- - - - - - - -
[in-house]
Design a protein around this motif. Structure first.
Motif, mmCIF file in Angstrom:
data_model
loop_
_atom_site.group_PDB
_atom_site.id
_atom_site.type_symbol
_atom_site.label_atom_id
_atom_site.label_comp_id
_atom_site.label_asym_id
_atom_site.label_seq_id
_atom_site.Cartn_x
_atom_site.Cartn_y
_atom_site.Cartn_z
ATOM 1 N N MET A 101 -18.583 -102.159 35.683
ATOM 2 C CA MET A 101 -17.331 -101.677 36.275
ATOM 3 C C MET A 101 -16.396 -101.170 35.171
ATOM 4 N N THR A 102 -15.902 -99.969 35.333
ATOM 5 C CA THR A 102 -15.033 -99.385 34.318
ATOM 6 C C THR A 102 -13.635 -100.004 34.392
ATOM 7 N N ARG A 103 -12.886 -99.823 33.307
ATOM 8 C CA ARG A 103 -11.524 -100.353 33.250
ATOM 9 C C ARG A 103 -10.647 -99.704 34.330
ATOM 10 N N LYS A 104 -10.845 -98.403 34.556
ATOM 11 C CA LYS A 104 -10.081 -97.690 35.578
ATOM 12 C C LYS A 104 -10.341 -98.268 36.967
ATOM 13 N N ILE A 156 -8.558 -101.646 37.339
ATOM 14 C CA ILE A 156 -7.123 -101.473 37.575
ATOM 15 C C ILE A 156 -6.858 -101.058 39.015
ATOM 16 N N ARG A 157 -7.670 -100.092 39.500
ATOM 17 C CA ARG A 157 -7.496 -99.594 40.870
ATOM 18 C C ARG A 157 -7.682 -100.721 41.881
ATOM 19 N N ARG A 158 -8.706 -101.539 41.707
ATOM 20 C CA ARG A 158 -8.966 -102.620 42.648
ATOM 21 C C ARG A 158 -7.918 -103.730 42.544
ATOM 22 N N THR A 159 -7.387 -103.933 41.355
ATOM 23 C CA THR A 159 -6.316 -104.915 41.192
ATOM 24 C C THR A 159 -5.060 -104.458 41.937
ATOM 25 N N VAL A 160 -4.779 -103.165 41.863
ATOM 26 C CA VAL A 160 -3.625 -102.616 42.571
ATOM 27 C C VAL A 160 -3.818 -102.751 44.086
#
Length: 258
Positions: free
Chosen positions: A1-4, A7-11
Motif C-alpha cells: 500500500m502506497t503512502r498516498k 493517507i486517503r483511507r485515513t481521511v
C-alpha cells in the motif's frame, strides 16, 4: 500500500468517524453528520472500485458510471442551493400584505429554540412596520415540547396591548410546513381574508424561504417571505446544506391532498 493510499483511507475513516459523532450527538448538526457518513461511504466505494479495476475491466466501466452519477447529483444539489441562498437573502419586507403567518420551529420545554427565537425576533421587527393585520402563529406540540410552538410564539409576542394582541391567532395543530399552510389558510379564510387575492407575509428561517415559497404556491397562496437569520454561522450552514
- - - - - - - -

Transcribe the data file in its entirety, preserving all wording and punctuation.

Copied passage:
[in-house]
Design a protein around this motif. Structure first.
Motif, mmCIF file in Angstrom:
data_model
loop_
_atom_site.group_PDB
_atom_site.id
_atom_site.type_symbol
_atom_site.label_atom_id
_atom_site.label_comp_id
_atom_site.label_asym_id
_atom_site.label_seq_id
_atom_site.Cartn_x
_atom_site.Cartn_y
_atom_site.Cartn_z
ATOM 1 N N MET A 101 -18.583 -102.159 35.683
ATOM 2 C CA MET A 101 -17.331 -101.677 36.275
ATOM 3 C C MET A 101 -16.396 -101.170 35.171
ATOM 4 N N THR A 102 -15.902 -99.969 35.333
ATOM 5 C CA THR A 102 -15.033 -99.385 34.318
ATOM 6 C C THR A 102 -13.635 -100.004 34.392
ATOM 7 N N ARG A 103 -12.886 -99.823 33.307
ATOM 8 C CA ARG A 103 -11.524 -100.353 33.250
ATOM 9 C C ARG A 103 -10.647 -99.704 34.330
ATOM 10 N N LYS A 104 -10.845 -98.403 34.556
ATOM 11 C CA LYS A 104 -10.081 -97.690 35.578
ATOM 12 C C LYS A 104 -10.341 -98.268 36.967
ATOM 13 N N ILE A 156 -8.558 -101.646 37.339
ATOM 14 C CA ILE A 156 -7.123 -101.473 37.575
ATOM 15 C C ILE A 156 -6.858 -101.058 39.015
ATOM 16 N N ARG A 157 -7.670 -100.092 39.500
ATOM 17 C CA ARG A 157 -7.496 -99.594 40.870
ATOM 18 C C ARG A 157 -7.682 -100.721 41.881
ATOM 19 N N ARG A 158 -8.706 -101.539 41.707
ATOM 20 C CA ARG A 158 -8.966 -102.620 42.648
ATOM 21 C C ARG A 158 -7.918 -103.730 42.544
ATOM 22 N N THR A 159 -7.387 -103.933 41.355
ATOM 23 C CA THR A 159 -6.316 -104.915 41.192
ATOM 24 C C THR A 159 -5.060 -104.458 41.937
ATOM 25 N N VAL A 160 -4.779 -103.165 41.863
ATOM 26 C CA VAL A 160 -3.625 -102.616 42.571
ATOM 27 C C VAL A 160 -3.818 -102.751 44.086
#
Length: 258
Positions: free
Chosen positions: A1-4, A7-11
Motif C-alpha cells: 500500500m502506497t503512502r498516498k 493517507i486517503r483511507r485515513t481521511v
C-alpha cells in the motif's frame, strides 16, 4: 500500500468517524453528520472500485458510471442551493400584505429554540412596520415540547396591548410546513381574508424561504417571505446544506391532498 493510499483511507475513516459523532450527538448538526457518513461511504466505494479495476475491466466501466452519477447529483444539489441562498437573502419586507403567518420551529420545554427565537425576533421587527393585520402563529406540540410552538410564539409576542394582541391567532395543530399552510389558510379564510387575492407575509428561517415559497404556491397562496437569520454561522450552514